April 1995
Volume 36, Issue 5
Free
Articles  |   April 1995
Color Doppler imaging: a new technique to assess orbital blood flow in patients with diabetic retinopathy.
Author Affiliations
  • W Goebel
    Department of Ophthalmology, Johannes Gutenberg University, Mainz, Germany.
  • W E Lieb
    Department of Ophthalmology, Johannes Gutenberg University, Mainz, Germany.
  • A Ho
    Department of Ophthalmology, Johannes Gutenberg University, Mainz, Germany.
  • R C Sergott
    Department of Ophthalmology, Johannes Gutenberg University, Mainz, Germany.
  • R Farhoumand
    Department of Ophthalmology, Johannes Gutenberg University, Mainz, Germany.
  • F Grehn
    Department of Ophthalmology, Johannes Gutenberg University, Mainz, Germany.
Investigative Ophthalmology & Visual Science April 1995, Vol.36, 864-870. doi:
  • Views
  • PDF
  • Share
  • Tools
    • Alerts
      ×
      This feature is available to authenticated users only.
      Sign In or Create an Account ×
    • Get Citation

      W Goebel, W E Lieb, A Ho, R C Sergott, R Farhoumand, F Grehn; Color Doppler imaging: a new technique to assess orbital blood flow in patients with diabetic retinopathy.. Invest. Ophthalmol. Vis. Sci. 1995;36(5):864-870.

      Download citation file:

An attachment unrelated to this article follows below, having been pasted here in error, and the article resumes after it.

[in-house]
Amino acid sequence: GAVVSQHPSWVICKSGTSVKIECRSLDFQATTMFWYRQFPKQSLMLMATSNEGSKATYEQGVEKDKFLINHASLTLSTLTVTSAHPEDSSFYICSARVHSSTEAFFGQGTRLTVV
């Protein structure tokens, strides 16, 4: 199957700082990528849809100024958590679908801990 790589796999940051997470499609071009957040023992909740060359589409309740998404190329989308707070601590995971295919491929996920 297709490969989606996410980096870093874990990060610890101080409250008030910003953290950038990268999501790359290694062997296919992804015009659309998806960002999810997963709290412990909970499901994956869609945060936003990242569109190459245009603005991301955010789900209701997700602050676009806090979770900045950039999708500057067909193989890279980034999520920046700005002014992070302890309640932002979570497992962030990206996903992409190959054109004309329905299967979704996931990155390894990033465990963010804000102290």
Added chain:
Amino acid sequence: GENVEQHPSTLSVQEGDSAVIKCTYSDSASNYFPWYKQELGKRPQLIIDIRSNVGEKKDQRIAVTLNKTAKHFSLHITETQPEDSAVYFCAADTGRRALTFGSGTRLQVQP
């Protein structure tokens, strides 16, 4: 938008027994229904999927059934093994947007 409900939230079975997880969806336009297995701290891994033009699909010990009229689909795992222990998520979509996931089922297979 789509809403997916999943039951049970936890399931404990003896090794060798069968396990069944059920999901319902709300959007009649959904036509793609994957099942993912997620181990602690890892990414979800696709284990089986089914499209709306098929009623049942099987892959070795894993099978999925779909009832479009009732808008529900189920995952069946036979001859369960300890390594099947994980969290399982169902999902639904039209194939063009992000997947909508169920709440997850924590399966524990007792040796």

© ARVO (1962-2015); The Authors (2016-present)

      ×
  • Supplements
Abstract

PURPOSE: Color Doppler imaging is a new noninvasive technique that enables measuring blood flow velocity in small orbital vessels, arteries as well as veins. Because hemodynamic changes are seen in patients with diabetic retinopathy by other techniques, the authors compared 61 eyes with proliferative, 59 eyes with nonproliferative, and 26 eyes with preproliferative diabetic fundus changes with a matched control group of 70 patients without diabetes (128 eyes). METHODS: The central retinal artery (CRA), short posterior ciliary artery (PCA), and ophthalmic artery (OA) of all patients were examined, and the systolic, diastolic, and mean velocities were measured for each vessel. RESULTS: Differences between the groups were most prominent in the CRA. The perfusion velocity was significantly lower (P < 0.001) in proliferative eyes (Vsystolic 5.7 +/- 1.8 cm/sec) than in the control group (Vsystolic 9.4 +/- 1.2 cm/sec) or in nonproliferative eyes (Vsystolic 8.4 +/- 1.8 cm/sec). In the preproliferative group, there was greater variability in velocity distribution. Consequently, no statistically significant difference could be deduced, either in the group with background retinopathy or in the group with proliferative diabetes. In the OA and PCA, neither group showed significant differences from normal. CONCLUSIONS: Measurements indicate a correlation between severity of diabetic retinopathy and decreased flow velocity in the CRA.

×
×

This PDF is available to Subscribers Only

Sign in or purchase a subscription to access this content. ×

You must be signed into an individual account to use this feature.

×